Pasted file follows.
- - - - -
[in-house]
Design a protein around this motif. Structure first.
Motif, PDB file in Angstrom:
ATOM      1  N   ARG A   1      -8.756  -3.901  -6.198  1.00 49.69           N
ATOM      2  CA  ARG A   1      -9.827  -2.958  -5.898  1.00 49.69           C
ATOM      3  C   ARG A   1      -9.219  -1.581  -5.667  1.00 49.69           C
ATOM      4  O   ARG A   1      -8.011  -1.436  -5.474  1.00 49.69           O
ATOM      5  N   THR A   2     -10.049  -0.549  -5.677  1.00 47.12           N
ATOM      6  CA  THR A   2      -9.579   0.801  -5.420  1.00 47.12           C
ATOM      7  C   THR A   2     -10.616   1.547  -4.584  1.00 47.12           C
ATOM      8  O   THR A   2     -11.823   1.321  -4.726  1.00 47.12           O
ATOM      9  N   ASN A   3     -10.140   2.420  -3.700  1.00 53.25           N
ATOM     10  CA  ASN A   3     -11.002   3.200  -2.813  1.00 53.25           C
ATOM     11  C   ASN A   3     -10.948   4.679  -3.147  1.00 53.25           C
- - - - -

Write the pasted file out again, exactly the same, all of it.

[in-house]
Design a protein around this motif. Structure first.
Motif, PDB file in Angstrom:
ATOM      1  N   ARG A   1      -8.756  -3.901  -6.198  1.00 49.69           N
ATOM      2  CA  ARG A   1      -9.827  -2.958  -5.898  1.00 49.69           C
ATOM      3  C   ARG A   1      -9.219  -1.581  -5.667  1.00 49.69           C
ATOM      4  O   ARG A   1      -8.011  -1.436  -5.474  1.00 49.69           O
ATOM      5  N   THR A   2     -10.049  -0.549  -5.677  1.00 47.12           N
ATOM      6  CA  THR A   2      -9.579   0.801  -5.420  1.00 47.12           C
ATOM      7  C   THR A   2     -10.616   1.547  -4.584  1.00 47.12           C
ATOM      8  O   THR A   2     -11.823   1.321  -4.726  1.00 47.12           O
ATOM      9  N   ASN A   3     -10.140   2.420  -3.700  1.00 53.25           N
ATOM     10  CA  ASN A   3     -11.002   3.200  -2.813  1.00 53.25           C
ATOM     11  C   ASN A   3     -10.948   4.679  -3.147  1.00 53.25           C